We rarely recognize the importance of parenting in God’s plan. Parenting is God’s central task: “He doeth NOT ANYTHING save it be for the benefit of the world” (2 Nephi 26:24, emphasis added). Parenthood is also His core identity; first and foremost, He calls Himself Father.
Earthly parenting is the place where we learn the vital lessons to prepare us to join Him in His work. It is, above all else, an apprenticeship for godliness.
Research has shown that LDS people have distinctive beliefs about parenting—but their parenting is just about like everybody else’s. What a shame that our extraordinary understanding of God’s plan has not informed and enriched our way of caring for our children!
What are the distinctive doctrines that could make our parenting more heaven-like? What are the principles that God models in His own parenting that should be the core of ours? How can the principles be translated into practices that strengthen our families?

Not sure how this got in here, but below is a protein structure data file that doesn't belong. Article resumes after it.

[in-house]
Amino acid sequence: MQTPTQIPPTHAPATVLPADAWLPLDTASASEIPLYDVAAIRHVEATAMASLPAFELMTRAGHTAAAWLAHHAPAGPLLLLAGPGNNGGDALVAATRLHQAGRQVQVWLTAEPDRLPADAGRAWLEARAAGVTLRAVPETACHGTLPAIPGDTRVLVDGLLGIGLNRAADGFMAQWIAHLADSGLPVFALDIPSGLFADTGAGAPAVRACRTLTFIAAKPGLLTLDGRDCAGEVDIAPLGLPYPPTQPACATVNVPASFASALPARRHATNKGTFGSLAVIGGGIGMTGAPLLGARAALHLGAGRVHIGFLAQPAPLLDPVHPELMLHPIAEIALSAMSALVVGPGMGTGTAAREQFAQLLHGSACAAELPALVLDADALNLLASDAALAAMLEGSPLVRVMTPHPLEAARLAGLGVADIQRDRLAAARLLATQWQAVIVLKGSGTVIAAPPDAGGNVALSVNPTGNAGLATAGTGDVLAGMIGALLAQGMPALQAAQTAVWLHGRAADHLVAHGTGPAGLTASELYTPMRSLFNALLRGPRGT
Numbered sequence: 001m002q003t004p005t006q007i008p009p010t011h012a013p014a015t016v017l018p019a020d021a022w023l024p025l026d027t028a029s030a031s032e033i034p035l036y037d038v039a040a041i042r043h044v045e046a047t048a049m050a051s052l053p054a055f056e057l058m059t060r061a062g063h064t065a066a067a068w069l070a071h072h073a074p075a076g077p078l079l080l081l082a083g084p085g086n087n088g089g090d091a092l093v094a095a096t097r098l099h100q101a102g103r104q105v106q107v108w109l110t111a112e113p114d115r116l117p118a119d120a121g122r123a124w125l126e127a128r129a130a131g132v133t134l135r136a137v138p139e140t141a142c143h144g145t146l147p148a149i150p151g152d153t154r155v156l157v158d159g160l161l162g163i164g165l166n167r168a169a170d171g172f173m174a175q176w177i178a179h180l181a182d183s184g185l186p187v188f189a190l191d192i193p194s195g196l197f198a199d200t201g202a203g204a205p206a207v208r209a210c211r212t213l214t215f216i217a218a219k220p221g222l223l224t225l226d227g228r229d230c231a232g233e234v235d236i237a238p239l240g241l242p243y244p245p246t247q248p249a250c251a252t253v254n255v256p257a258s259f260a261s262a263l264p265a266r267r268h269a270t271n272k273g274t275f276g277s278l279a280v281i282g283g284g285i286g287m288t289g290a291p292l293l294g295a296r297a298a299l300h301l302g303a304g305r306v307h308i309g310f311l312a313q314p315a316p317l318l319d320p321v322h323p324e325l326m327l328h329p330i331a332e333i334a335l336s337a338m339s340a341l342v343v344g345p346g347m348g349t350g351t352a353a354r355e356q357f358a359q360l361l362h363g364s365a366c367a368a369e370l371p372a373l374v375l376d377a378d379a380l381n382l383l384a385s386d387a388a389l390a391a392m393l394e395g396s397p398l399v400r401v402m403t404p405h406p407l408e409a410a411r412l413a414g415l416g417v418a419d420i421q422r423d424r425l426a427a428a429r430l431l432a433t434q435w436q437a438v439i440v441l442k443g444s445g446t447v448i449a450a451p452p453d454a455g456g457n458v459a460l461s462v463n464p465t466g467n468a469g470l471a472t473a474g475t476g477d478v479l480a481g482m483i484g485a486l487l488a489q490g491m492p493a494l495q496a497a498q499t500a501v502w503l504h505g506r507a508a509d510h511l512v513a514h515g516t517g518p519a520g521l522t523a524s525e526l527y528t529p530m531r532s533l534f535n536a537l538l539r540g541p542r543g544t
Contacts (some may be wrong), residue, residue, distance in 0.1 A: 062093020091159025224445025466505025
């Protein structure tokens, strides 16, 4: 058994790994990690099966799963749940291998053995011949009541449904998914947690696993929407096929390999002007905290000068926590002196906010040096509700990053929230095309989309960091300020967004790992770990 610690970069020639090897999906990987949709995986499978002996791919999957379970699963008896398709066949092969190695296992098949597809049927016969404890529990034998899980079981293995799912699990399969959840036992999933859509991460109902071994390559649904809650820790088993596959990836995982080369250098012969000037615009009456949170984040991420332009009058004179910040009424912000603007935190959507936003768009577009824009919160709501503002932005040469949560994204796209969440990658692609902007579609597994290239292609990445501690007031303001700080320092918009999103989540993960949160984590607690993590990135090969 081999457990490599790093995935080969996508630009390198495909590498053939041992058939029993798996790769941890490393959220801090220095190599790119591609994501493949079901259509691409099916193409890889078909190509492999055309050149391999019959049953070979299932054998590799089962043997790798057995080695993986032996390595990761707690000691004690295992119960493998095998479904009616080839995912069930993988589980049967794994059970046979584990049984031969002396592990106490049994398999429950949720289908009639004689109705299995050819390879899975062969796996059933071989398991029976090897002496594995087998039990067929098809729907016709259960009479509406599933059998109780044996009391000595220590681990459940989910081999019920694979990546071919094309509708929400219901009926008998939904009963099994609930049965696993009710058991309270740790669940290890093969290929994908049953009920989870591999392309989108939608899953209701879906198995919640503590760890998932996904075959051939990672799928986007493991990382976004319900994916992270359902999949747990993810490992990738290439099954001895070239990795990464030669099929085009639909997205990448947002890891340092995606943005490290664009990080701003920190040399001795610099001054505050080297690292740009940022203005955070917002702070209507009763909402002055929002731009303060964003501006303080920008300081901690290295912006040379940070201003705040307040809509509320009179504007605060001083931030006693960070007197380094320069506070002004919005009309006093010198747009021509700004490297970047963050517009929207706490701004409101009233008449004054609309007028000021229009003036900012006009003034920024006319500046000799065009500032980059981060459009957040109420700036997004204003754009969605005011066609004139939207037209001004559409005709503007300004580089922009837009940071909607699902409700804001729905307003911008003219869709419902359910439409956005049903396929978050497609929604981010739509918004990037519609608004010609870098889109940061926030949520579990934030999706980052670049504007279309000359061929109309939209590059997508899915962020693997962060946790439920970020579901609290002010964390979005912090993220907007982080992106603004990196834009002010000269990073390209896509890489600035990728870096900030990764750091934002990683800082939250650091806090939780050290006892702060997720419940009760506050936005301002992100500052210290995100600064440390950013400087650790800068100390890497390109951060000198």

Benefiting from Scholarship and Scripture
God has always had the best answers to all questions and challenges. Yet we have hardly ever mined God’s truth for all its riches. I believe that scholarship can help us ask better questions especially in the area of parenting. Drawing on the best thinking of the best scholars can open us to answers we never saw before in God’s work.
A national project reviewed decades of research and released a report called the National Extension Parent Education Model which identified six principles as central to parenting (Smith, Cudaback, Goddard, & Myers-Walls, 1994). I would like to take four of those principles—the ones I believe are most essential—and enrich them with spiritual perspectives to form a Model for Godly Parenting.
In this article I will introduce each of these four principles. We will use the analogy of building a house to help us envision the key ideas for raising up children. Then future articles will be dedicated to looking at each principle in further detail and discussing how to apply them.
The Footings: The Flourishing Parent